Is your energy tariff ending?

It is also likely that the energy price cap will increase from April

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Nearly 70 fixed rate energy tariffs are due to come to an end this Sunday (31 January), leaving customers potentially facing much steeper bills unless they act now.
Nearly half a million households will be affected when the 68 fixed energy tariffs finish at the end of this month, according to comparison site Uswitch.com. It estimates that bills could rise by £171 on average each year for customers who automatically roll onto their providers’ standard variable tariffs rather than switching.
Sarah Broomfield, energy expert at Uswitch.com, said: “It is also likely that the energy price cap will increase from April, meaning bills are likely to become more expensive. This makes it even more important that people who are about to move onto a standard variable tariff switch suppliers now.”

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Latest figures from Energy UK show that six million customers switched last year, but many people still stick with their current provider, despite the savings they could make by switching to a better deal.

Peter Earl, head of energy at comparethemarket.com, said: “Households are likely to be in for a shock when they come to pay their energy bills after a winter spent in lockdown. Switching provider may not have been front of mind for many over the past year, but shopping around is the best way to bring down costs, especially for those financially squeezed.”


Get help with your bills
As well as making sure you’re on the most competitive energy tariff possible, it’s also worth checking to see if you’re eligible for any financial help with your energy bills. For example, if you receive the State Pension and you were born on or before 5 October 1954, you should automatically receive a Winter Fuel Payment of between £100 and £300 to help you pay your energy bills.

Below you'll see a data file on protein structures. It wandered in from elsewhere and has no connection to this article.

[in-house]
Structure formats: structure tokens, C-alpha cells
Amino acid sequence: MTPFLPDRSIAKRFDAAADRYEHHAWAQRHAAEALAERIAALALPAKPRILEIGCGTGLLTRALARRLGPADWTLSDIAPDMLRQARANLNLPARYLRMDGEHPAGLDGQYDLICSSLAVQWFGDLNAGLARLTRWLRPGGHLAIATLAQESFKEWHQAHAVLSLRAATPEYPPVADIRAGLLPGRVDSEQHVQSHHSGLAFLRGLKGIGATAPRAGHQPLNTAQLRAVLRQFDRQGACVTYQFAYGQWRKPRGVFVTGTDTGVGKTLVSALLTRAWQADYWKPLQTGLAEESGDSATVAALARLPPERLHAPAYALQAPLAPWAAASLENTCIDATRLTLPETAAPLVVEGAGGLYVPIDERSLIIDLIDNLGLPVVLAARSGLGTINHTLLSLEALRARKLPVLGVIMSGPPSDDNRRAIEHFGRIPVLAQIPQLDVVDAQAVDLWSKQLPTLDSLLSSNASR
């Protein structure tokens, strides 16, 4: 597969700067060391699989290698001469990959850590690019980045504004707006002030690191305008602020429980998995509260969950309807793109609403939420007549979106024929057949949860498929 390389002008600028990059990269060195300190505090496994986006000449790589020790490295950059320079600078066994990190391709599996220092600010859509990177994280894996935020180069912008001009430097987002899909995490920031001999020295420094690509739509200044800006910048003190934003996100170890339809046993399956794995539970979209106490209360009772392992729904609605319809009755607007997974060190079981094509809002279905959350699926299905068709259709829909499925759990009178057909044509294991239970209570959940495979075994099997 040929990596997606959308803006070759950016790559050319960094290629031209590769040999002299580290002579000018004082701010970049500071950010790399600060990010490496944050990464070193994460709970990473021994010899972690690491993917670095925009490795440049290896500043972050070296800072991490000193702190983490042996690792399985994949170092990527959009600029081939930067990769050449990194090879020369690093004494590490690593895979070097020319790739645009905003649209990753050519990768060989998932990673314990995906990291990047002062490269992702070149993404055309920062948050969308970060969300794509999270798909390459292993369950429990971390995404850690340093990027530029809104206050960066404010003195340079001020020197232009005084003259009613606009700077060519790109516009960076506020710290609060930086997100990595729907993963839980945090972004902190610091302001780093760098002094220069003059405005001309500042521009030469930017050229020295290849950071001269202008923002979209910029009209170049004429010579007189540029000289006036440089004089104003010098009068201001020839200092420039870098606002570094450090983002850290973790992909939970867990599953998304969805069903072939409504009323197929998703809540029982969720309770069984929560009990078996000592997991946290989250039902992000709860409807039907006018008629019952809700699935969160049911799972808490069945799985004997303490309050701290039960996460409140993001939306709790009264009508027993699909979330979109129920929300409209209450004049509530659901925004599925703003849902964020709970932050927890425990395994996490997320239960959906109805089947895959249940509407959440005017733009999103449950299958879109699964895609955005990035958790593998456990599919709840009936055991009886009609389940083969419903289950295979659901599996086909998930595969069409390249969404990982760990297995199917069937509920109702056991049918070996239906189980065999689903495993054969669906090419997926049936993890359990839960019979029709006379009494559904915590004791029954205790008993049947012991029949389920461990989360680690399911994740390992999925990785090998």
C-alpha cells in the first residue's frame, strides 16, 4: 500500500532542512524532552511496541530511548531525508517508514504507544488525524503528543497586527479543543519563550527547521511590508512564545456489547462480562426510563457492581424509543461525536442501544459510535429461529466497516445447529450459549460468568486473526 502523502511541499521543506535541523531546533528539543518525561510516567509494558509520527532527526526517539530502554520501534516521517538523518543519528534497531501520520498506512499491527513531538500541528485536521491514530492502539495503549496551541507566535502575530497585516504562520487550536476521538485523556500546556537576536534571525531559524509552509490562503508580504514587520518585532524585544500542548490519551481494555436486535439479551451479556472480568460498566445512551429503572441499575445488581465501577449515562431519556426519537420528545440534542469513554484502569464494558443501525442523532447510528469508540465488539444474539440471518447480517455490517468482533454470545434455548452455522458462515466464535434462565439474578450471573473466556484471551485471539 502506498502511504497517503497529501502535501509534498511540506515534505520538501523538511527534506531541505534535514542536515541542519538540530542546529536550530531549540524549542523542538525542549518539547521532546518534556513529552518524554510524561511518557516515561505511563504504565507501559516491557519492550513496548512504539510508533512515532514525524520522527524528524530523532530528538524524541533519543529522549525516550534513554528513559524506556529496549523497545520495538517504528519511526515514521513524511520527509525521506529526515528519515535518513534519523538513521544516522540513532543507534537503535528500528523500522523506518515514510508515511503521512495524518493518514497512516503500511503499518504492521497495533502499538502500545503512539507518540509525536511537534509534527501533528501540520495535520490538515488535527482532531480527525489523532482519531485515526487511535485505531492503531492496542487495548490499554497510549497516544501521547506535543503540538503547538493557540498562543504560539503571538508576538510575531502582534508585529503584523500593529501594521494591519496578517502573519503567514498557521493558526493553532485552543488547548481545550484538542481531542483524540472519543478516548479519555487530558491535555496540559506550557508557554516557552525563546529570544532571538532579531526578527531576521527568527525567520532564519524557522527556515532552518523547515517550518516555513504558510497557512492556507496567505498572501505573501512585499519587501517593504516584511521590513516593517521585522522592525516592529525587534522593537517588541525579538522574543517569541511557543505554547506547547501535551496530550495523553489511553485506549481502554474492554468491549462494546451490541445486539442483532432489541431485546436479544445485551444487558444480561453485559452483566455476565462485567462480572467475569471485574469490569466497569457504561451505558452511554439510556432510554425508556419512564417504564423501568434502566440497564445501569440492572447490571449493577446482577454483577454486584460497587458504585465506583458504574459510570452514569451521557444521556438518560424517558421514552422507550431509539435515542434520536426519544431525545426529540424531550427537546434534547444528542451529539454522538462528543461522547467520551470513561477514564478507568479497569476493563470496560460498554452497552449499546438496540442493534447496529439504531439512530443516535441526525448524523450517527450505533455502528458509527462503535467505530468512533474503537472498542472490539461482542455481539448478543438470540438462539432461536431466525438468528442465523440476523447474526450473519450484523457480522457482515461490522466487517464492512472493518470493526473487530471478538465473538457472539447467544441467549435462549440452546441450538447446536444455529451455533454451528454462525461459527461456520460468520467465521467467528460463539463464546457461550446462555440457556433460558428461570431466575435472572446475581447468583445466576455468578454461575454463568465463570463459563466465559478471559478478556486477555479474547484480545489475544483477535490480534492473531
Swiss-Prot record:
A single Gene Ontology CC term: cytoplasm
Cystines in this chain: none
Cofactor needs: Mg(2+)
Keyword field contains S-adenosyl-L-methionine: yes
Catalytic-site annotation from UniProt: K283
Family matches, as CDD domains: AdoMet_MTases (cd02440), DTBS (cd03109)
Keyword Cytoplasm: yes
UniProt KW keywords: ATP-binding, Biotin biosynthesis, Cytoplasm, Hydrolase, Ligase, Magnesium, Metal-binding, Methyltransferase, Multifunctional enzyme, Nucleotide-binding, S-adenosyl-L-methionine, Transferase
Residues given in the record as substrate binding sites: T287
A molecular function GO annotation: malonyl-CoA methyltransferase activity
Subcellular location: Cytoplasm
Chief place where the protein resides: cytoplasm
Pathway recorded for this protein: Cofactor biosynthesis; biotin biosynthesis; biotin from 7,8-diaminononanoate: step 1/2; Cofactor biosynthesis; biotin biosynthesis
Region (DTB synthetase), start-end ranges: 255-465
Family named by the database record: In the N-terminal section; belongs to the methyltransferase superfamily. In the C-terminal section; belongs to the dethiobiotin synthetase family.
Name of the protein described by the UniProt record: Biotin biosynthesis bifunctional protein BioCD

If you’re struggling to cover your heating costs, get in touch with your energy supplier as soon as possible and let them know you’re finding it difficult to pay. They may be able to arrange a more affordable way for you to repay what you owe, or let you take a break from payments for a short time until you’re able o get back on track.

It’s also worth exploring government schemes which could help you pay for home energy efficiency improvements, such as roof or cavity wall insulation, as reducing your property’s energy consumption can help cut your heating bills. The Energy Saving Trust can advise on benefits and grants for home insulation, and Simple Energy Advice can also provide you with information on grants that might be available in your area.

Emma Pinchbeck, chief executive at Energy UK said: The best way to save on energy bills in the long term is to improve the energy efficiency of your home. This can save hundreds of pounds and make homes more comfortable to live in – all while cutting our contribution to climate change.”

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